Like all new graphics cards right now, the RTX 3080 has been sold out for months, making it very difficult to get of. In theory, the RX 6800 XT is technically a smidge cheaper than the RTX 3080, but it's just not quite as fast as Nvidia's new flagship, both in terms of raw performance and how it fares with ray tracing.

The RTX 3080 also has the benefit of Nvidia's DLSS tech to help boost its ray tracing performance in compatible games (which is increasingly a lot of the big ray tracing games), and AMD's DLSS equivalent isn't currently available. It's possible the RX 6800 XT may supplant the RTX 3080 once AMD's FidelityFX Super Resolution tech is out in the wild, but in the meantime, the RTX 3080 is the 4K graphics card to buy right now.

What we like:
✔️ 4K 60fps performance on max settings in almost every game going
✔️ Significantly improved ray tracing and DLSS performance over Nvidia's RTX 20 series
✔️ Sets the benchmark for next-gen 4K graphics cards

Read more in our Nvidia GeForce RTX 3080 review


Frequently asked questions

Why are graphics cards so expensive right now?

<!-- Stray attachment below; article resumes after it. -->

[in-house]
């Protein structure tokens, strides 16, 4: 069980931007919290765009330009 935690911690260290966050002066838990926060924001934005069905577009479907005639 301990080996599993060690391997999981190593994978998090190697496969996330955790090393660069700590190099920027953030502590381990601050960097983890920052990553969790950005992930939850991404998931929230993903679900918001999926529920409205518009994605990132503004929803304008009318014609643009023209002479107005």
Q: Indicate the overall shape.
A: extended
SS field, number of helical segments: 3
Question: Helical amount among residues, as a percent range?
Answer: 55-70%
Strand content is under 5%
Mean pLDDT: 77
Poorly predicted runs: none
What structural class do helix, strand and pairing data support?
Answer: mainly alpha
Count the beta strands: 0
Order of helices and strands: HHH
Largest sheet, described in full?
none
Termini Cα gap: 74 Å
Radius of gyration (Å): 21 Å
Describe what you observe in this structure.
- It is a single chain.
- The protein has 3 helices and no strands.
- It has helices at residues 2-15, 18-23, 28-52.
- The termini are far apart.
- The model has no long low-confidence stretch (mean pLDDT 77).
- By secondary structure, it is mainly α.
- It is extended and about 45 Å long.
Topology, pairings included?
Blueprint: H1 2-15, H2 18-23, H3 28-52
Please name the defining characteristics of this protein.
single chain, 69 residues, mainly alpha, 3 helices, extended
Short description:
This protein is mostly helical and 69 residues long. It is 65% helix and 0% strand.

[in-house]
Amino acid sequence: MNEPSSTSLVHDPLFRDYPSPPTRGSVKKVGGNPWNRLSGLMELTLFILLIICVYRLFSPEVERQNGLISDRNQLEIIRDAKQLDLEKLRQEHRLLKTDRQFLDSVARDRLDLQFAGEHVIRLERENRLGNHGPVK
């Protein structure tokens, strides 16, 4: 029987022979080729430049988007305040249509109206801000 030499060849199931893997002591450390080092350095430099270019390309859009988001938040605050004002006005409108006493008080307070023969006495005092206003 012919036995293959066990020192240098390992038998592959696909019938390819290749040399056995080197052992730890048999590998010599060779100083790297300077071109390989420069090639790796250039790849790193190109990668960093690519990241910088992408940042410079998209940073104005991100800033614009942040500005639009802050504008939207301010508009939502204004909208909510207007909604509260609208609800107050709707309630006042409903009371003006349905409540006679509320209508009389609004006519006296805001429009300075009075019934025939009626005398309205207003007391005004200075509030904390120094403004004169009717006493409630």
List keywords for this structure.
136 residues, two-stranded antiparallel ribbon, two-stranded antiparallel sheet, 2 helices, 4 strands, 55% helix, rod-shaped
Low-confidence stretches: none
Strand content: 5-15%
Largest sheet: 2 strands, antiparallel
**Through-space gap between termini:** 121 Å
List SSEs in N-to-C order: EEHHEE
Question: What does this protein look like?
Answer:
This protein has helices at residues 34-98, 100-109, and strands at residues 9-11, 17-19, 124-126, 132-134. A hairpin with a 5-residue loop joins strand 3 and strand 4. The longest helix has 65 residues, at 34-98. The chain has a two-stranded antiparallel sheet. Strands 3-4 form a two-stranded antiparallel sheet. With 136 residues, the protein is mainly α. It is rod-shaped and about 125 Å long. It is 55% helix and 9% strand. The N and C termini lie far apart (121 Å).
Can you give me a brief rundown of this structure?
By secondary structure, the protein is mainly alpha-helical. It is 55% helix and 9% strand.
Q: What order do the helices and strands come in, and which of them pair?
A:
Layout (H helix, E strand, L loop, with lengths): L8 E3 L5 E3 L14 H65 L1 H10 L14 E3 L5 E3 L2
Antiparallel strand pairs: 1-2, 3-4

If you've tried to buy a new graphics card recently, you'll know it's been nigh-on impossible to get hold of one. Stock levels are at all-time lows, and demand for new hardware has never been greater - and it doesn't look like it's going to get much better any time soon, either, as Nvidia have warned that the current GPU situation may not resolve itself until 2022. It's the same situation for those trying to buy a new console, too, with the Xbox Series X and Series S and PlayStation 5 all suffering from similar delays and stock shortages.

On the graphics card front, this is due to a combination of Covid-19-related manufacturing delays from 2020, with many factories shutting down just as they should have been gearing up to get ready for all the new hardware launches due to take place at the end of the year, and a new boom in cryptocurrency mining. GPUs are hot commodities for crypto-miners, as many rely on having lots of GPU power to mine their respective currencies. The cryptomining situation is likely to affect SSDs soon, too, and may result in further hardware shortages later this year. It's a grim situation, as the extra demand from cryptominers means there are even more people vying for these cards than normal, making it difficult for regular folk to get our hands on one. This situation isn't unique to 2021, though, as we saw in the great graphics card shortage of 2018. Things will sort themselves out eventually, but we could be in for a long wait before prices return to normal.